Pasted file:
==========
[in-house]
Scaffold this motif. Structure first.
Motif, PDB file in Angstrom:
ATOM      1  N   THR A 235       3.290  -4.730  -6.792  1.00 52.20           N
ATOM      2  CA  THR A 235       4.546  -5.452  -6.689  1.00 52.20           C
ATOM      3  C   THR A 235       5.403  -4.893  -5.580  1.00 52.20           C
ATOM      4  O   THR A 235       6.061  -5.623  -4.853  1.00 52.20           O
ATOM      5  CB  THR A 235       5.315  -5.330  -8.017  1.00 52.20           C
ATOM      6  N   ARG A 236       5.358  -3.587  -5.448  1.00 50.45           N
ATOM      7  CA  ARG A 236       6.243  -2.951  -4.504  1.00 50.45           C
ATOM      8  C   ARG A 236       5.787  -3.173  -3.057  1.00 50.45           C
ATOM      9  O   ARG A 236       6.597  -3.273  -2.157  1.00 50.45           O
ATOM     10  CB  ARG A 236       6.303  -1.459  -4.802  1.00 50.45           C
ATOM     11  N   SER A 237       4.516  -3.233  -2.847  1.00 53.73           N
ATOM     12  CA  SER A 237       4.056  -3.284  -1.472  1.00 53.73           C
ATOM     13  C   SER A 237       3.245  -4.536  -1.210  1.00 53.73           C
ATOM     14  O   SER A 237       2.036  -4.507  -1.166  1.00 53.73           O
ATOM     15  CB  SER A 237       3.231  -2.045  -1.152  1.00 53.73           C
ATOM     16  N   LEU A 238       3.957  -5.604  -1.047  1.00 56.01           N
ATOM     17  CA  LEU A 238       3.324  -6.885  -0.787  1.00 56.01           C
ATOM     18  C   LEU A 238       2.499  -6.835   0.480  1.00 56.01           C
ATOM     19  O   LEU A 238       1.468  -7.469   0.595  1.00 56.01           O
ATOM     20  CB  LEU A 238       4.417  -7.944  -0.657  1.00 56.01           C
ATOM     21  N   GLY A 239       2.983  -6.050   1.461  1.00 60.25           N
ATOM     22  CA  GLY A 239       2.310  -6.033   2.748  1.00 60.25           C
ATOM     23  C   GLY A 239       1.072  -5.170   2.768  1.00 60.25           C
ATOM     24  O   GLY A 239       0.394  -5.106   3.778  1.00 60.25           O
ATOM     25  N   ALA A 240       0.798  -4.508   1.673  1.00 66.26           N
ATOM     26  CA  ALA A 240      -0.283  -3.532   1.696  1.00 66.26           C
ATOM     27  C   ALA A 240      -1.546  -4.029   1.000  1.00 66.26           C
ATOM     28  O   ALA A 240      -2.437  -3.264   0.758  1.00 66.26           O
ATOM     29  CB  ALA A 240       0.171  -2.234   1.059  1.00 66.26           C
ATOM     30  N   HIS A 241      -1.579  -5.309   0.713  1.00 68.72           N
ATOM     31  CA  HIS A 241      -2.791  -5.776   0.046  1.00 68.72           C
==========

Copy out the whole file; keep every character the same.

[in-house]
Scaffold this motif. Structure first.
Motif, PDB file in Angstrom:
ATOM      1  N   THR A 235       3.290  -4.730  -6.792  1.00 52.20           N
ATOM      2  CA  THR A 235       4.546  -5.452  -6.689  1.00 52.20           C
ATOM      3  C   THR A 235       5.403  -4.893  -5.580  1.00 52.20           C
ATOM      4  O   THR A 235       6.061  -5.623  -4.853  1.00 52.20           O
ATOM      5  CB  THR A 235       5.315  -5.330  -8.017  1.00 52.20           C
ATOM      6  N   ARG A 236       5.358  -3.587  -5.448  1.00 50.45           N
ATOM      7  CA  ARG A 236       6.243  -2.951  -4.504  1.00 50.45           C
ATOM      8  C   ARG A 236       5.787  -3.173  -3.057  1.00 50.45           C
ATOM      9  O   ARG A 236       6.597  -3.273  -2.157  1.00 50.45           O
ATOM     10  CB  ARG A 236       6.303  -1.459  -4.802  1.00 50.45           C
ATOM     11  N   SER A 237       4.516  -3.233  -2.847  1.00 53.73           N
ATOM     12  CA  SER A 237       4.056  -3.284  -1.472  1.00 53.73           C
ATOM     13  C   SER A 237       3.245  -4.536  -1.210  1.00 53.73           C
ATOM     14  O   SER A 237       2.036  -4.507  -1.166  1.00 53.73           O
ATOM     15  CB  SER A 237       3.231  -2.045  -1.152  1.00 53.73           C
ATOM     16  N   LEU A 238       3.957  -5.604  -1.047  1.00 56.01           N
ATOM     17  CA  LEU A 238       3.324  -6.885  -0.787  1.00 56.01           C
ATOM     18  C   LEU A 238       2.499  -6.835   0.480  1.00 56.01           C
ATOM     19  O   LEU A 238       1.468  -7.469   0.595  1.00 56.01           O
ATOM     20  CB  LEU A 238       4.417  -7.944  -0.657  1.00 56.01           C
ATOM     21  N   GLY A 239       2.983  -6.050   1.461  1.00 60.25           N
ATOM     22  CA  GLY A 239       2.310  -6.033   2.748  1.00 60.25           C
ATOM     23  C   GLY A 239       1.072  -5.170   2.768  1.00 60.25           C
ATOM     24  O   GLY A 239       0.394  -5.106   3.778  1.00 60.25           O
ATOM     25  N   ALA A 240       0.798  -4.508   1.673  1.00 66.26           N
ATOM     26  CA  ALA A 240      -0.283  -3.532   1.696  1.00 66.26           C
ATOM     27  C   ALA A 240      -1.546  -4.029   1.000  1.00 66.26           C
ATOM     28  O   ALA A 240      -2.437  -3.264   0.758  1.00 66.26           O
ATOM     29  CB  ALA A 240       0.171  -2.234   1.059  1.00 66.26           C
ATOM     30  N   HIS A 241      -1.579  -5.309   0.713  1.00 68.72           N
ATOM     31  CA  HIS A 241      -2.791  -5.776   0.046  1.00 68.72           C